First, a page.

Justin Townes Earle New Album Kids In The Street
For the first time Justin Townes Earle has worked with an outside producer and he chose Mike Moogis, for Kids In The Street as he releases the album on his New West Records and the first not recorded in Nashville, a trio of debuts that definitely gives the album curbside appeal.
Following his previous critically acclaimed albums Single Mothers followed by Absent Fathers; this album, Kids In The Street completes the trio has an upbeat, optimistic feel that makes you want to play hopscotch on the street as you did as a child; kick off your shoes and run through the grass and make daisy chains. The originals have a fresh simplicity, an enchanting fluidity as the meaningful lyrics entwine themselves around the melodic guitar chords.
The album kicks off in high rolling fast-moving rock n roll beat as we toast Champagne Corolla. With this upbeat number we hear the refrain Pretty little thing riding by in a champagne Corolla; an ode to car life and far much more as you explore his clever lyrics. Achieving the goal from the off-classic rhythms with a modern lyric. We have the country twang of steel guitar and piano and a clicking rhythm building up to a swirl of sadness and Justin sings What’s She Crying For leads in to a 15-25 looking back with the feel of New Orleans the keys have a Professor Longhair feel as his vocals drawl and have a lopping lazy feel as the tempo picks up. Leading into the title track, taking us back with the simple guitar intro the vocals “ My best friend lived in this house we played ball after school…” looking back to simpler times of 1990’s; full of nostalgia but not rose-tinted glasses just memories that have smoothed out the rough edges. Is this a track that pops out at you? Bringing the album together, not really just misses as so much of the album on first listen it is good, but delving deeper it never raises the game to excellent.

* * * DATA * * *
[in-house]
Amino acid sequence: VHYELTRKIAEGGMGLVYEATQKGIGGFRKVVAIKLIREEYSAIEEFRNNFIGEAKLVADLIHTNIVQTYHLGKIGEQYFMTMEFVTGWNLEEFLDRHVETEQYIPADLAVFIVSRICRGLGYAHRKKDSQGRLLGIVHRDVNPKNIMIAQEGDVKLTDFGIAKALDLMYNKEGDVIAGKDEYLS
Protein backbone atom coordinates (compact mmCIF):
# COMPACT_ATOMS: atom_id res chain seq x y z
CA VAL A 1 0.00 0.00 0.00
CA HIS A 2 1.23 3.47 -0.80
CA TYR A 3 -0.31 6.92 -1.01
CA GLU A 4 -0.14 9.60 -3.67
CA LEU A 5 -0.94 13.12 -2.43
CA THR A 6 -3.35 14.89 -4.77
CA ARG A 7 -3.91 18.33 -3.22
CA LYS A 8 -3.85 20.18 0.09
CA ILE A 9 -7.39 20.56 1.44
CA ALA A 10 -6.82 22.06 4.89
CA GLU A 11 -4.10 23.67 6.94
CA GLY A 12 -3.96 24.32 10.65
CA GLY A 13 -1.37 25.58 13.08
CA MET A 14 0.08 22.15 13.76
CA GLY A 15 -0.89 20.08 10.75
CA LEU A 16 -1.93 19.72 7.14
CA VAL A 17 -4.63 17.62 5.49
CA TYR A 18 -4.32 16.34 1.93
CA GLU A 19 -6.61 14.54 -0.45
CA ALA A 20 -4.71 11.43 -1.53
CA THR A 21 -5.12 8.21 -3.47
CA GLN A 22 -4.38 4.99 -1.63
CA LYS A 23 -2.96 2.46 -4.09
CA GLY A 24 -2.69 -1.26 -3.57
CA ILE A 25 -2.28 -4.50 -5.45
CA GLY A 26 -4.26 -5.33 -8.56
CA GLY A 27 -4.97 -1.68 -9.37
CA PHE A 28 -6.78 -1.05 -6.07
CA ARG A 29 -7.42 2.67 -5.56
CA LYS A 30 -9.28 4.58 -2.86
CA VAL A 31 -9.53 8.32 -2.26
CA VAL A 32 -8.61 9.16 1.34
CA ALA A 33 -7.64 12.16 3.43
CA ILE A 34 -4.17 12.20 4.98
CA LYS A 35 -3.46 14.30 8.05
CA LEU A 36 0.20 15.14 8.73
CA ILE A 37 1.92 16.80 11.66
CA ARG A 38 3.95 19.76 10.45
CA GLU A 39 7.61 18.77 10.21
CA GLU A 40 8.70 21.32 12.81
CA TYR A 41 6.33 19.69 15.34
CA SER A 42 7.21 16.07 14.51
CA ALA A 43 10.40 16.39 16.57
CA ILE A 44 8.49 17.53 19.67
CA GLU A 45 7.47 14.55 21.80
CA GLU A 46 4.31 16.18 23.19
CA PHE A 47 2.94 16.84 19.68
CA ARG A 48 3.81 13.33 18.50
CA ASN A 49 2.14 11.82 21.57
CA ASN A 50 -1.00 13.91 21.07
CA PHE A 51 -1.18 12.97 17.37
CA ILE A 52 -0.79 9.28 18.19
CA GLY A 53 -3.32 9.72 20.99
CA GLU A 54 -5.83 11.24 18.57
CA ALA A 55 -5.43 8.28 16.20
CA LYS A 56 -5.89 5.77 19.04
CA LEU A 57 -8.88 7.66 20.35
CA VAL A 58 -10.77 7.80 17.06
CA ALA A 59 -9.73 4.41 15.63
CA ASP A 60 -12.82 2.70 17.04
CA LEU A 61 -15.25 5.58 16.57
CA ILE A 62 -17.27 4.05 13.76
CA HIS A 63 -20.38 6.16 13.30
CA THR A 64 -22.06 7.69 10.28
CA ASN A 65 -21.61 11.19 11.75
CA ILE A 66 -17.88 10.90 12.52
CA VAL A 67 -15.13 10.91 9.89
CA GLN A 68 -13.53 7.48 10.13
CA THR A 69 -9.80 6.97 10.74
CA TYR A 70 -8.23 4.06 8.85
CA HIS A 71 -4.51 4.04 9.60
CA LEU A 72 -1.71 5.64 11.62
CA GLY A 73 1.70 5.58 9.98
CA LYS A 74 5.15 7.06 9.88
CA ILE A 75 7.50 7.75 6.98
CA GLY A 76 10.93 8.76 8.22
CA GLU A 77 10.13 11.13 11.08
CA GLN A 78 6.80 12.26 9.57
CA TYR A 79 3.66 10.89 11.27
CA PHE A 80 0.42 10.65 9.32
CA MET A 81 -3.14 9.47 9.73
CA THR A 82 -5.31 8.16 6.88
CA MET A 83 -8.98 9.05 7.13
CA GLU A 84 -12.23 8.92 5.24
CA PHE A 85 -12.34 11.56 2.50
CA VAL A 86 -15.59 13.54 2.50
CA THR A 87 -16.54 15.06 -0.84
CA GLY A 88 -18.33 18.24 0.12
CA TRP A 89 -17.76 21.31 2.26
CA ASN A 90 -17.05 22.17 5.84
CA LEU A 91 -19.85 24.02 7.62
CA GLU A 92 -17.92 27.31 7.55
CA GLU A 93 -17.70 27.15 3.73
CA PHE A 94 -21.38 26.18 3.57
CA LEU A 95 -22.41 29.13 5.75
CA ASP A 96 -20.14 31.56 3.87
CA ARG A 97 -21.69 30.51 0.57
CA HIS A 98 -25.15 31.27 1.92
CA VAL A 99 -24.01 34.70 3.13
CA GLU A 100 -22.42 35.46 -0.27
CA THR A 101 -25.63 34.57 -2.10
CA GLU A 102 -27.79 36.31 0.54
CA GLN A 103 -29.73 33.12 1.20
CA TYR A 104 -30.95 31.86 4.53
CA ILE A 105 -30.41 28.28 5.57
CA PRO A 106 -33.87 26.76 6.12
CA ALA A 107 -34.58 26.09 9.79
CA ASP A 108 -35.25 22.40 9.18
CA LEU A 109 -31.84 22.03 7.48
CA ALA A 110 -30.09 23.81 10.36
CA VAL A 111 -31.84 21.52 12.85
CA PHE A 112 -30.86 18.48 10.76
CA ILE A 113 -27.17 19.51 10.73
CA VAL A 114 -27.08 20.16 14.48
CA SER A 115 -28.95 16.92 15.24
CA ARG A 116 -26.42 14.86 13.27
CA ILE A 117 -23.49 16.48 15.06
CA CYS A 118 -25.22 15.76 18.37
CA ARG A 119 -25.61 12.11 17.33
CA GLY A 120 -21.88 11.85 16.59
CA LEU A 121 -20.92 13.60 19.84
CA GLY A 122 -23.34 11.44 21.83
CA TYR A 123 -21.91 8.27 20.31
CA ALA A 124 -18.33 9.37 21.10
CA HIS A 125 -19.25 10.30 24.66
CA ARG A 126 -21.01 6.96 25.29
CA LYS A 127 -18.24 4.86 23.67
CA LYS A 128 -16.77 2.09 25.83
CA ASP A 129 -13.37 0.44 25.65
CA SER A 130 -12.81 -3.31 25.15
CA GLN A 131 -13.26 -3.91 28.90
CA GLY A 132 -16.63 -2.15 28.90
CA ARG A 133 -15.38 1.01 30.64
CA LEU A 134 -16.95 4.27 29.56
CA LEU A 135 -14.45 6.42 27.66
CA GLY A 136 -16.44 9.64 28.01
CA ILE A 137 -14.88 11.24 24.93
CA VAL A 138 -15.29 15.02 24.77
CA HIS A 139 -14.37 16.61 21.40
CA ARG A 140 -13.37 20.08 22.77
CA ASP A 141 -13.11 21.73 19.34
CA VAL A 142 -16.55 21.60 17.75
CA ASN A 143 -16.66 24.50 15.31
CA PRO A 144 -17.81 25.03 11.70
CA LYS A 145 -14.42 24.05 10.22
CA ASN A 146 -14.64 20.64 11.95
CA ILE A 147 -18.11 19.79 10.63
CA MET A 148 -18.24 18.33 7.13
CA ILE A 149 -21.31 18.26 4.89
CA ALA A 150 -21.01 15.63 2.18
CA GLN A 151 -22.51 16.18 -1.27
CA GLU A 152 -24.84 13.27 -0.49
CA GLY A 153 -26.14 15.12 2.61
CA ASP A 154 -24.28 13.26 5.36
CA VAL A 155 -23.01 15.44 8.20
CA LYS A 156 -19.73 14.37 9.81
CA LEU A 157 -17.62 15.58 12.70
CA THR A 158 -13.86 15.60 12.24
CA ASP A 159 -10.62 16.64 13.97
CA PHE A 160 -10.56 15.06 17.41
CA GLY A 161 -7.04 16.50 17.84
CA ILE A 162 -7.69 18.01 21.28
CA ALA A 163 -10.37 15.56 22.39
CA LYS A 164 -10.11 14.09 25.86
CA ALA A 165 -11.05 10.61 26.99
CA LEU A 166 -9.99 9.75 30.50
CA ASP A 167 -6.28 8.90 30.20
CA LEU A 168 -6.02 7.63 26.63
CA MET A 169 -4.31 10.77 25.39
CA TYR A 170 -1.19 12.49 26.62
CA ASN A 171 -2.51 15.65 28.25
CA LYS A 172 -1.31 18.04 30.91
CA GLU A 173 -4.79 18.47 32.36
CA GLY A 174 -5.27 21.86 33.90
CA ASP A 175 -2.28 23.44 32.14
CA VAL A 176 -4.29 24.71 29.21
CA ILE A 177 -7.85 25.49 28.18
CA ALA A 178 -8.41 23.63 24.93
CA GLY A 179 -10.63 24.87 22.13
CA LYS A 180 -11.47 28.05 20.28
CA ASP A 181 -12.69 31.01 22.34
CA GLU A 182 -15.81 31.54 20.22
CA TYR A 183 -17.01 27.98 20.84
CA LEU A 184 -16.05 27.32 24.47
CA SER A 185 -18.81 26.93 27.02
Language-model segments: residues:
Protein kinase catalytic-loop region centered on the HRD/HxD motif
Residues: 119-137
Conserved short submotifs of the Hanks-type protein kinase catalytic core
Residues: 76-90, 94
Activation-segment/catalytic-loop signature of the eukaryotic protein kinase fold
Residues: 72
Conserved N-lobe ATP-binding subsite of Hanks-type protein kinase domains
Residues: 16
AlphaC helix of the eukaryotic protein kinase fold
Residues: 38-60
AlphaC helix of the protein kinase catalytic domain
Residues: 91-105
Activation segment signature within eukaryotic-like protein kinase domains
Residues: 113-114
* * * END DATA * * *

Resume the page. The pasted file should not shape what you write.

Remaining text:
The reflective, retro hazy feel is the tonal phrasing for much of the album; the tone is brought up with a jolt with Justin’s version of Stagolee, the guitar is harsher, his voice deeper and seems not to fit a pebble sending ripples across Kids In The Street. The re-working is subtle a more drastic re-arrangement may have slotted in but this feels like the unwanted guest at a party. Same Old Stagolee certainly has not received the gentrification that the streets of Nashville referred to in many of the tracks on Kids In The Street.
Closing the album with There Goes A Fool, deep, darker and full of introspective and skillful songwriting, before hitting the bonus track Paul Simon’s Graceland. This acoustic version closes out an album that just doesn’t quite reach the potential that sets it apart from other Americana albums,
The album is reflective and moves on from his last album Single Mothers and Absent Fathers delivering his own innovative Americana feel, where Justin leads others have followed. The music is to Muscle Shoals to be Country – too retro to be cutting edge. Who cares? Kids In The Streets with its layers of music with old style guitar and lyrics that have something to say it is a good listen and has a purpose in its commentary. What more do you want from an album. For Bluesdoodles Kids In The Street is a welcomed addition and will be played for the sheer enjoyment of listening to Justin Townes Earle.
Justin Townes Earle – Kids In The Street – New West Records
EIGHTdoodle paws out of TEN ….
- Champagne Corolla
- Maybe A Moment
- What’s She Crying
- Kids In the Street
- Faded Valentine
- What’s Goin’ Wrong
- Short Hair Woman
- Same Old Stagolee
- If I Was The Devil
- There Go A Fool
- Graceland (Bonus Track)
Earle has announced a quartet of UK dates in the summer:
Monday 26 June – The Tunnels – Bristol
Saturday 01 July – Maverick Festival – Suffolk
Monday 03 July – The Crescent – York
Tuesday 04 July – Omeara – London